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Board members announced for new housing finance body

Four new board members of the inaugural National Housing Finance and Investment Corporation (NHFIC) have been announced by the Australian government.

David Cant, Teresa Dyson, Adrian Harrington and Kylie Rampa will be joining chair of the NHFIC Brendan Crotty to oversee the corporation’s operations.

Mr Cant, who is a director of PowerHousing Australia, has more than 40 years’ experience in providing housing for low-income earners, while Ms Rampa is currently the CEO of Property Australia in the Lendlease Group and has 25 years of experience in the national and global real estate industries.

Ms Dyson, meanwhile, is a taxation lawyer with more than 20 years’ experience advising on infrastructure transactions, financing, corporate tax issues, mergers and acquisitions, the not-for-profit sector and tax controversy matters. She is also presently a member of the Takeovers Panel and Foreign Investment Review Board.

Mr Harrington carries more than 25 years of experience in the funds management and real estate industries, currently serving as the head of funds management at Folkestone and as a non-executive director of the Australian Housing and Urban Research Institute.

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The NHFIC was established to perform two functions:

  • Operate the National Housing Infrastructure Facility, a $1 billion facility that will finance “critical housing-related infrastructure” to speed up the planning process to increase housing supply through the provision of loans and grants and investments.
  • Operate an affordable housing bond aggregator, which will provide low-cost, longer-term finance to registered community housing providers. Bonds issued by the NHFIC through the bond aggregator will be government-backed by a legislative guarantee to “drive the best price outcomes for consumers”.

The government previously claimed that the board’s independence had been “enshrined” in the legislation through a provision that requires all financing and investment decisions to be made by the board.

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>David Cant, Teresa Dyson, Adrian Harrington and Kylie Rampa will be joining chair of the NHFIC Brendan Crotty to oversee the corporation’s operations.

Mr Cant, who is a director of PowerHousing Australia, has more than 40 years’ experience in providing housing for low-income earners, while Ms Rampa is currently the CEO of Property Australia in the Lendlease Group and has 25 years of experience in the national and global real estate industries.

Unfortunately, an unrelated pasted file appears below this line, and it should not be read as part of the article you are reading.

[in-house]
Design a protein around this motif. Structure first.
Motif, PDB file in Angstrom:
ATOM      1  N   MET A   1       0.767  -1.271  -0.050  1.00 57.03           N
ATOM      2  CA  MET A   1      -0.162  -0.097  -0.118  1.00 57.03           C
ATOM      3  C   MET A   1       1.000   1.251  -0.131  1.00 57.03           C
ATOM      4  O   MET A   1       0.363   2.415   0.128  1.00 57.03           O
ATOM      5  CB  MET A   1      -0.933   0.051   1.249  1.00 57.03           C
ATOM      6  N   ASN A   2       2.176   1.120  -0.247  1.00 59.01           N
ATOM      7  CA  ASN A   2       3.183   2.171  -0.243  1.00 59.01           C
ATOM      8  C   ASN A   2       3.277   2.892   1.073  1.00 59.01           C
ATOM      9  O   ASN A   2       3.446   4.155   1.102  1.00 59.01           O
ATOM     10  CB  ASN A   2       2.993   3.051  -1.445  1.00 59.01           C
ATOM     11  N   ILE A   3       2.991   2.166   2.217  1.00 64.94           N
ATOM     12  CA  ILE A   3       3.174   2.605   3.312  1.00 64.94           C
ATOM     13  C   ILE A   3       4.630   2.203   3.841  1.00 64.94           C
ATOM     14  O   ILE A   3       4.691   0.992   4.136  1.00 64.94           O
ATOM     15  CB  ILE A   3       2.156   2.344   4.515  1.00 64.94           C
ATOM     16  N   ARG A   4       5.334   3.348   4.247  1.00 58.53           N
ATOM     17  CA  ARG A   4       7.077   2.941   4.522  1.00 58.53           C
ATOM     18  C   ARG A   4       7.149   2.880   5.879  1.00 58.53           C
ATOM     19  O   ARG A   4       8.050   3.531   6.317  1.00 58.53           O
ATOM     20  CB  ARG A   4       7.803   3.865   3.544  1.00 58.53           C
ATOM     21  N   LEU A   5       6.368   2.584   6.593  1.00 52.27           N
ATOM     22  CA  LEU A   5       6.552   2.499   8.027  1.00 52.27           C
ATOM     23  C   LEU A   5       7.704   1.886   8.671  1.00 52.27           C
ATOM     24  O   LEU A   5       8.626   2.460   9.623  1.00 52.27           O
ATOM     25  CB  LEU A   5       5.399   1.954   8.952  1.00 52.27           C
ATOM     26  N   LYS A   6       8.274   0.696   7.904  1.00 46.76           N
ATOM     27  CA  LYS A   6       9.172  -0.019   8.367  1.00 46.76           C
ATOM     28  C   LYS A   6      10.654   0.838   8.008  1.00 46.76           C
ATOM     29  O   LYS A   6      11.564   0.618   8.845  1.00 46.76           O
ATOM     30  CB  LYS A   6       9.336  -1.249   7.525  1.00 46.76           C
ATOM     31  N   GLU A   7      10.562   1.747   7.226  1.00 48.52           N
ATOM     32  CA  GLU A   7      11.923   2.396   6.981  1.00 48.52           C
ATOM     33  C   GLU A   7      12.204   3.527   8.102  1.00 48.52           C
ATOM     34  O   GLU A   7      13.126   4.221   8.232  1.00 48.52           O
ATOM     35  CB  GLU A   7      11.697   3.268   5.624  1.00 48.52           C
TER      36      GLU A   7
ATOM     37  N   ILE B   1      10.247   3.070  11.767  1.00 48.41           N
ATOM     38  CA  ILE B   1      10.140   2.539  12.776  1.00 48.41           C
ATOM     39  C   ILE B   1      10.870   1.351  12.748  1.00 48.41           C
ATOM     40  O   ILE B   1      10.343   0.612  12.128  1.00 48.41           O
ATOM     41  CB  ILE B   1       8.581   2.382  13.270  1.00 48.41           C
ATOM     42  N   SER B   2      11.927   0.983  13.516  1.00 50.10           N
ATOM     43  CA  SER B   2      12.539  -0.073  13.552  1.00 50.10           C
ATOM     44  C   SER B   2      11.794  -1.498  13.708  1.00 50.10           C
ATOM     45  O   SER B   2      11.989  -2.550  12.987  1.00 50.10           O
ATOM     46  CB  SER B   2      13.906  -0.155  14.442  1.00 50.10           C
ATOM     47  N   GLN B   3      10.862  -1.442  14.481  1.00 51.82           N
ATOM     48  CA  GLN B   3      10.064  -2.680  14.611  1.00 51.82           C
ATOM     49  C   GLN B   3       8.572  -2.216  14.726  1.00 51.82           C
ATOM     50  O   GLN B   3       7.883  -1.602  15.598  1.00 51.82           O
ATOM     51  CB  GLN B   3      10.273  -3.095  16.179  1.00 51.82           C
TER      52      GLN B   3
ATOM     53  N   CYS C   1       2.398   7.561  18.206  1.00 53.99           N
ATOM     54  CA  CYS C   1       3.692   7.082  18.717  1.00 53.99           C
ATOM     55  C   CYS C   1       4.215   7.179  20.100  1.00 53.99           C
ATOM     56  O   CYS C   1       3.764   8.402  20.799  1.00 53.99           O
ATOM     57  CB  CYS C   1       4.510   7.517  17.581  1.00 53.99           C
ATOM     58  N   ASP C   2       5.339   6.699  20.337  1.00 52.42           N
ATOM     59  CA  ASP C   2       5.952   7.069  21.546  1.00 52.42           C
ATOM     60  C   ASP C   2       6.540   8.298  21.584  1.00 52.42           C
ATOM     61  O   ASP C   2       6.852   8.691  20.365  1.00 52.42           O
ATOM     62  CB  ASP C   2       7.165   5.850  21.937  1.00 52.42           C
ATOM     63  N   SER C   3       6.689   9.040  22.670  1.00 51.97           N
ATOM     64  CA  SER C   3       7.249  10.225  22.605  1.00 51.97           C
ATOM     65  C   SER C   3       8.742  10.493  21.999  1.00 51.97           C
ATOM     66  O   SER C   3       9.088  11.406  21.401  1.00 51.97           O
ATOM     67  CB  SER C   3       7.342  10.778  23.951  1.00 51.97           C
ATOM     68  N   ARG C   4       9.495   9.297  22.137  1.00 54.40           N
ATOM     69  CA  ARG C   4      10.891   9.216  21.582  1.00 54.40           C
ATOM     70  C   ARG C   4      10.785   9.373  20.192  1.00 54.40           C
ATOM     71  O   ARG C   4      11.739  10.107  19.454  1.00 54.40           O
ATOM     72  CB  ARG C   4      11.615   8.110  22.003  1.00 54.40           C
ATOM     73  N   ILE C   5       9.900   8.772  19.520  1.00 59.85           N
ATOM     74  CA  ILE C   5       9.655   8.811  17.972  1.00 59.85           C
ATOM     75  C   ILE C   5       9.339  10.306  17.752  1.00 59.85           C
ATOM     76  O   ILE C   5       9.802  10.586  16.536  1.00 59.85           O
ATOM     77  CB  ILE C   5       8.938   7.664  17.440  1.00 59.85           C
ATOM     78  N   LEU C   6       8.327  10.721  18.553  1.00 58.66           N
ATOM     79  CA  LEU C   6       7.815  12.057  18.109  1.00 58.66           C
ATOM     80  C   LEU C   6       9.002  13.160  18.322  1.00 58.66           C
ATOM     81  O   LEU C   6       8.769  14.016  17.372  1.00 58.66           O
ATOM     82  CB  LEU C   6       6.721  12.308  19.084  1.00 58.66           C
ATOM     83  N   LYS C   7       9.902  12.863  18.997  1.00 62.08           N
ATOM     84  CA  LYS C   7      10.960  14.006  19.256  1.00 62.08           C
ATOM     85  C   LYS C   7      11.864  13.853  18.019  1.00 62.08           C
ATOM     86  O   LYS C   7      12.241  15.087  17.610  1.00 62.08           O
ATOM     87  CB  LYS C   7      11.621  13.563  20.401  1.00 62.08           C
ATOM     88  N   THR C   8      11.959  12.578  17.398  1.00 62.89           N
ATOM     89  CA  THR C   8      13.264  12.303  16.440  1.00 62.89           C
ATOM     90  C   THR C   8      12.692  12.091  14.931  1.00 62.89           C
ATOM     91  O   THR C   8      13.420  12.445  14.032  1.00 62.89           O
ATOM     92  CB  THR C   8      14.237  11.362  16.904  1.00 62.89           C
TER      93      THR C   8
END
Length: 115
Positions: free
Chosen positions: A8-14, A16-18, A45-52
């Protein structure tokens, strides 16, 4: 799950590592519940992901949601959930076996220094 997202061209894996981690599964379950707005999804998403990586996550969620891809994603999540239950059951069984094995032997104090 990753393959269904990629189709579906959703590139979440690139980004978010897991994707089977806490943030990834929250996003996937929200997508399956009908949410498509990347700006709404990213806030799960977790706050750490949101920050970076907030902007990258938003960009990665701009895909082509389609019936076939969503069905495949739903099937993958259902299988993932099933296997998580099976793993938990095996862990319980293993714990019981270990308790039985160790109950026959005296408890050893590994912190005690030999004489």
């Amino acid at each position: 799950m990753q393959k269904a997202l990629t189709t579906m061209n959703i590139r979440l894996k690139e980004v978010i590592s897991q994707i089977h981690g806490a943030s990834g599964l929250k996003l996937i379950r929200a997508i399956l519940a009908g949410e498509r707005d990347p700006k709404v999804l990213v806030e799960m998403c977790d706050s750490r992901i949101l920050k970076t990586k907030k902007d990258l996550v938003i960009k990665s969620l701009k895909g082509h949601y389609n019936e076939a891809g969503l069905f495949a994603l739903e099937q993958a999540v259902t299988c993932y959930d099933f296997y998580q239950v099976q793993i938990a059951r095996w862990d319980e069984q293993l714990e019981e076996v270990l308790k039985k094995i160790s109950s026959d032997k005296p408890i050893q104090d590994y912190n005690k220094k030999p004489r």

Ms Dyson, meanwhile, is a taxation lawyer with more than 20 years’ experience advising on infrastructure transactions, financing, corporate tax issues, mergers and acquisitions, the not-for-profit sector and tax controversy matters. She is also presently a member of the Takeovers Panel and Foreign Investment Review Board.

Mr Harrington carries more than 25 years of experience in the funds management and real estate industries, currently serving as the head of funds management at Folkestone and as a non-executive director of the Australian Housing and Urban Research Institute.

The NHFIC was established to perform two functions:

  • Operate the National Housing Infrastructure Facility, a $1 billion facility that will finance “critical housing-related infrastructure” to speed up the planning process to increase housing supply through the provision of loans and grants and investments.
  • Operate an affordable housing bond aggregator, which will provide low-cost, longer-term finance to registered community housing providers. Bonds issued by the NHFIC through the bond aggregator will be government-backed by a legislative guarantee to “drive the best price outcomes for consumers”.

The government previously claimed that the board’s independence had been “enshrined” in the legislation through a provision that requires all financing and investment decisions to be made by the board.

Additional board announcements will be made in the near future, according to the government.

[Related: Parliament greenlights housing affordability body]

Board members announced for new housing finance body
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